Tag Archives: death

Losing my mom to HD

Sunday night, my mother died and her earthly existence ended. But I had lost her to HD years and years ago. She and everyone close to her were victims of her primary symptom: the ever-renewing anger loop. Only during the past couple of years did she take any medicine for HD. She refused until, somehow, doctors convinced her that she would feel better if she took medicine to slow her chorea and when she started taking that medicine, a lot of the anger went away.

Her anger, that is. I have spent years in therapy dealing with the hell that she put me through before I knew she had HD and started realizing that the problem wasn’t me. I have spent those same years trying to forgive her for hurting my family and other people I love because her behavior was caused by a disease.

Our disease.

Now, just my disease.

I have Facebook friends who have lost their moms to HD and they love and miss those moms. I wish that my mom was like theirs. I feel that way about my dad, who died of kidney disease, and was never abusive. I grieved when he died and I have an empty spot that he used to fill that I carry around now.

But with my mom, all I feel is relief. Disbelief that her dynasty of terror has ended. Part of me never expected it to happen. There is no longer a microcosm swirling around her demands or reacting to her use of the most hateful words she could spit out.

For her memorial service, we are putting together a presentation of the good in her, before the disease changed her. We have to go far back. I hope that being reminded that she was a healthy, kind person once, a person who did nice things, will help me in the forgiveness department.

Even more, I want to be happy for her. Happy that she is free from the disease. Happy that she is no longer out of control. Happy that she is at peace.

But someone asked me how I was feeling yesterday and before I could think of what I was supposed to say, I replied, “Fuller.”

And for now it’s true.


Help the Rodino family: whole family is HD +

I don’t know these folks, but I’d like to try to help them stay together and be able to take care of each other.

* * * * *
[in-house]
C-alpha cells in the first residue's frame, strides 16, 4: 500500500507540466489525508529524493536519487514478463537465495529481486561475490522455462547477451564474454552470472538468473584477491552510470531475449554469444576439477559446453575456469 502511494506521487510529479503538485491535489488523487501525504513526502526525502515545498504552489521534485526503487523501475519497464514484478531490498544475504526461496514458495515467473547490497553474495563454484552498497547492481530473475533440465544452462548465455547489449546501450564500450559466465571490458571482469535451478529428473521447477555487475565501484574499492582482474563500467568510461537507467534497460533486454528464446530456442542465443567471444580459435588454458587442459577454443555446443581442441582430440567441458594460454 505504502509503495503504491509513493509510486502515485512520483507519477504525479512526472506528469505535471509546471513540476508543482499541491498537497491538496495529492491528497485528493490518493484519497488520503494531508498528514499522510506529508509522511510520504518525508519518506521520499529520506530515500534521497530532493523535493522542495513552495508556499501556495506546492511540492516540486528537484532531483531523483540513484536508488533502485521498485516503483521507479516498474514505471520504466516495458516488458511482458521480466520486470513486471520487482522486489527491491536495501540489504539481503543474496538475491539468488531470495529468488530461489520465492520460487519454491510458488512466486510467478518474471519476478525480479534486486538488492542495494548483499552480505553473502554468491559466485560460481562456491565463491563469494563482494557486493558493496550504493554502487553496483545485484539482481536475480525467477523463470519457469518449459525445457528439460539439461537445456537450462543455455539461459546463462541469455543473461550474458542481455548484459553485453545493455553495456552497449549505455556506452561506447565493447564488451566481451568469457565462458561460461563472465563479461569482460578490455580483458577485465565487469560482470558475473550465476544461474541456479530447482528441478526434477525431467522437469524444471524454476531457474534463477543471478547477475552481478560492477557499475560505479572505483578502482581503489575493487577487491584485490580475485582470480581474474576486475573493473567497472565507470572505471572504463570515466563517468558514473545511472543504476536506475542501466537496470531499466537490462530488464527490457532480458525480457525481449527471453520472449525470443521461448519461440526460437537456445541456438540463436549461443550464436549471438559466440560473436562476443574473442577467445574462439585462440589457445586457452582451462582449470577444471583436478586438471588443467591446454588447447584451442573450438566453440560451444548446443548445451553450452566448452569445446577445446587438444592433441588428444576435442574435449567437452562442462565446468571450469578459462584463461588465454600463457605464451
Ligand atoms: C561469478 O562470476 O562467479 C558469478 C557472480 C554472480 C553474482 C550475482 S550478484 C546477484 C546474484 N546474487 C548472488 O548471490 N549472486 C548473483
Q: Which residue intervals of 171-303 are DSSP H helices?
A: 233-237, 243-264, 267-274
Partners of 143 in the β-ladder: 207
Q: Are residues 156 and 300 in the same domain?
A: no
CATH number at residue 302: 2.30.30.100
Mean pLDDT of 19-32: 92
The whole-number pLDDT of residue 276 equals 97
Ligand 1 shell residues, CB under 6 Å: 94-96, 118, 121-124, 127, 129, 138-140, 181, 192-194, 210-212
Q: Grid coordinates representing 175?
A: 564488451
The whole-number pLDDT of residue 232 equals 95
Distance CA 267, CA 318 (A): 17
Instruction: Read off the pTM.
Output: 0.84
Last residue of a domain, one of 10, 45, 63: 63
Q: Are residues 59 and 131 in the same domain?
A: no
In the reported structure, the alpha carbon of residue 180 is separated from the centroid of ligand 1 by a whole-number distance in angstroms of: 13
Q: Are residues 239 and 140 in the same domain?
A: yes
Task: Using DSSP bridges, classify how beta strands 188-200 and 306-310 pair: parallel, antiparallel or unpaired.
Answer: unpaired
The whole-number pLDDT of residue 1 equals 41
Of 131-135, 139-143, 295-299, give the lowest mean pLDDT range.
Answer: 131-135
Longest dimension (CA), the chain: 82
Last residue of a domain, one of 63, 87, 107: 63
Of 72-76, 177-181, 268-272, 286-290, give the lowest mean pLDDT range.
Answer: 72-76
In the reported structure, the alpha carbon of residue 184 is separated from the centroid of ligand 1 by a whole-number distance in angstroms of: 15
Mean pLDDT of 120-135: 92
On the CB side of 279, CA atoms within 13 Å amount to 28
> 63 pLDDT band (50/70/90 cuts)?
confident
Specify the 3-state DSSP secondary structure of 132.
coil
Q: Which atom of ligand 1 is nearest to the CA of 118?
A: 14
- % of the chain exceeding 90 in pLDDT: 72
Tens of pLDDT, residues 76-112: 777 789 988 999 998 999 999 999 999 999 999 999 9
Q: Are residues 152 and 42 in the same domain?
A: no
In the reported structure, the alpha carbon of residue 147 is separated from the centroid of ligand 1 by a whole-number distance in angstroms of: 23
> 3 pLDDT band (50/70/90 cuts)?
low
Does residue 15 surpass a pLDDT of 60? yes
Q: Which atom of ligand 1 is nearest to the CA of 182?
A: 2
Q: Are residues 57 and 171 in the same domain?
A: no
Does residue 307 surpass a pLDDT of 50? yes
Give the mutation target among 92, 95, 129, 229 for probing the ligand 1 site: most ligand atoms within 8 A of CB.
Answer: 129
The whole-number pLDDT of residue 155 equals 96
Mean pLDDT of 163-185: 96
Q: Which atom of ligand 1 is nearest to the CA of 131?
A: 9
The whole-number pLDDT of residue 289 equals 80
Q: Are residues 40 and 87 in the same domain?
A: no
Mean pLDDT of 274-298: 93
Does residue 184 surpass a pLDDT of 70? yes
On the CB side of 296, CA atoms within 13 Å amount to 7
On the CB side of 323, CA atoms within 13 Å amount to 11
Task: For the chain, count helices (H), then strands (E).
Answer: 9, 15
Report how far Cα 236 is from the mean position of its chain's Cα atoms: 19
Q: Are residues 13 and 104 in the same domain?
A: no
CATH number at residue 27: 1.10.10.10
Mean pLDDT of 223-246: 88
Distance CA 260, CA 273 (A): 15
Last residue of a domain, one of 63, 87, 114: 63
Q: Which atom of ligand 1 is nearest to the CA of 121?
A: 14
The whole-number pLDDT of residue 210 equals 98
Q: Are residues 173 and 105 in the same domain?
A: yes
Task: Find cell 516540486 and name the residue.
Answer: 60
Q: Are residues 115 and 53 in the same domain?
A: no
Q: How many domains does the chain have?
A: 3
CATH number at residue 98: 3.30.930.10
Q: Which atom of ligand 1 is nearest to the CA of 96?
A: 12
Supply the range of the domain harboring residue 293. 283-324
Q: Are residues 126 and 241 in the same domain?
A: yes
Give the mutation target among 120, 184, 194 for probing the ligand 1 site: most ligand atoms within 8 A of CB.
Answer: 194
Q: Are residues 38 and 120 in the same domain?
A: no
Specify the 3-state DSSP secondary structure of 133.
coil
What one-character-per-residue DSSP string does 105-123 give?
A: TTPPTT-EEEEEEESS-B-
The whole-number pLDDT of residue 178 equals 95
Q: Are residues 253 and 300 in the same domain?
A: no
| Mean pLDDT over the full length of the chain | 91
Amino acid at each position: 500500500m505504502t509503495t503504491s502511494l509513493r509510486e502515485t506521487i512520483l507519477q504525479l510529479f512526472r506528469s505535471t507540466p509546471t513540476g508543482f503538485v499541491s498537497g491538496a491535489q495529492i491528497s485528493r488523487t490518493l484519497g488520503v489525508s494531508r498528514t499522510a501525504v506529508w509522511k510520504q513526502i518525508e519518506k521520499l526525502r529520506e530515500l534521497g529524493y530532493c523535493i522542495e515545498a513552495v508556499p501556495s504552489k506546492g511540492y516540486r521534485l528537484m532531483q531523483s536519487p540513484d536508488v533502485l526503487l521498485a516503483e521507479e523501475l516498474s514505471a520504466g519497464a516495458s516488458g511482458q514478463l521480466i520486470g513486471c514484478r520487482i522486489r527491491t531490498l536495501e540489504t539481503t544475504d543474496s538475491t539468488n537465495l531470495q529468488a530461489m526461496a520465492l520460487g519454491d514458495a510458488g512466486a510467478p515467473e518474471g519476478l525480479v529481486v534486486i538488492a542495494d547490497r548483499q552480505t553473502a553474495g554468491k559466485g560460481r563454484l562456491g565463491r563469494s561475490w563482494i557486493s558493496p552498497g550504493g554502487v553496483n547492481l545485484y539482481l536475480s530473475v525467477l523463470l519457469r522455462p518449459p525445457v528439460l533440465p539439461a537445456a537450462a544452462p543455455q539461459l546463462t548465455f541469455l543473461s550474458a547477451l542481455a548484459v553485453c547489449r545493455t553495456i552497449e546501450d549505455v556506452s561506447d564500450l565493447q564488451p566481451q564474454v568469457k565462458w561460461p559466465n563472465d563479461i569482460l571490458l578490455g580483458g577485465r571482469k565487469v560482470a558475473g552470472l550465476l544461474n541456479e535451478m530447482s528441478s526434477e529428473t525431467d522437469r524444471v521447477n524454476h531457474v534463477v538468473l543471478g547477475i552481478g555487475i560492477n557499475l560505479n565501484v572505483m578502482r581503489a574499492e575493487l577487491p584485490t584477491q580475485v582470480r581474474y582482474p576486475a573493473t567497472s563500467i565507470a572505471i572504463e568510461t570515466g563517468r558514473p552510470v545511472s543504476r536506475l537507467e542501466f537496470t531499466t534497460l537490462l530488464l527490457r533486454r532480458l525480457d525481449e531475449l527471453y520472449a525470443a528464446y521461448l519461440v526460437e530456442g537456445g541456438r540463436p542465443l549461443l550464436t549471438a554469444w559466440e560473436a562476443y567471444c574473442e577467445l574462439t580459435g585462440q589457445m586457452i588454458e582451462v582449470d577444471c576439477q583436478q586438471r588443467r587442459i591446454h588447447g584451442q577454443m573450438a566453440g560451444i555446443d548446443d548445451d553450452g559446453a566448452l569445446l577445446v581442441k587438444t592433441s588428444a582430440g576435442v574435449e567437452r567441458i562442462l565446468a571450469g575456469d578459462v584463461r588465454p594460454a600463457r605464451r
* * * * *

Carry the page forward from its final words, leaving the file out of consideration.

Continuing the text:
If you would share their go fund me site on your social media, and donate if you can, I am sure that would help. Sharing it is the most important thing, though, because it will expose their situation to as many people as possible. So if you can’t donate, know that by spreading the word, you can help this family.

Their story:


To help:


Information from the Go Fund Me site:

Rachel M. Rodino (3/21/02 – 4/7/10)

Rachel and her adoring big sister Gianna.  They were 2 peas in a pod and spent countless hours cuddling and loving one another.  Rachel was a precious little girl.  It was absolutely heartbreaking when at the age of 5, she started having unexplained seizures.  Nine months after her first seizure, Rachel was diagnosed with the Juvenile form of Huntington’s Disease (HD).  Sadly, 18 months after that, Rachel died from complications of HD.  This was obviously devastating for the family in so many ways, but little did they know that this was only the beginning of their trials and tribulations with this debilitating disease.

Rick Rodino  

He was the second family member diagnosed in 2008 with Huntington’s Disease at the age of 53.  Unbeknownst to the family, Rick had been suffering with HD symptoms for almost 10 years prior.  It wasn’t until Rachel’s diagnosis that the family learned that this hereditary neurological degenerative disease was in their family.  Rick worked for Millionair at The Albany International Airport  when he was first diagnosed.  He was immediately put on disability and now only receives Social Security Disability.  Rick currently lives in his home in Guilderland and is currently in the latter stages of HD.

Anthony Rodino

Rick and Lori’s son and Rachel’s older brother, Anthony was the third family member diagnosed with HD at the age of 19 in 2011 just 1 year after Rachel died.

Gianna Rodino

Rick and Lori’s eldest daughter and Rachel’s older sister, Gianna, was the 4th member of the family to be diagnosed with HD in 2011 at the age of 17.

Lori (Bernard) Rodino

The caregiver who never complains (honestly never) but her family and friends know that she worries terribly about how she will continue to care for her family 24 hours a day and still keep the house, pay the bills, put food on their table, and put gas in their car.  For many years, it has been a struggle to make ends meet while she leads her family through the misfortunes of this terminally debilitating disease – Huntington’s Disease.

Donations, we can keep this family in their home. This is vital as it plays a significant role in maintaining the mental stability of each family member.  Reducing the financial stress of a mortgage payment would allow the family to enjoy life and focus on living.

It’s important to know that this is the Rodino’s first home.  They moved here in 2005 after losing their past residence to a fire.   Many memories have been made here and it would be an absolute gift to enable them to continue to make more here.

Please help the Rodino Family by starting a Chain of Love and by donating whatever you have been blessed with to spare.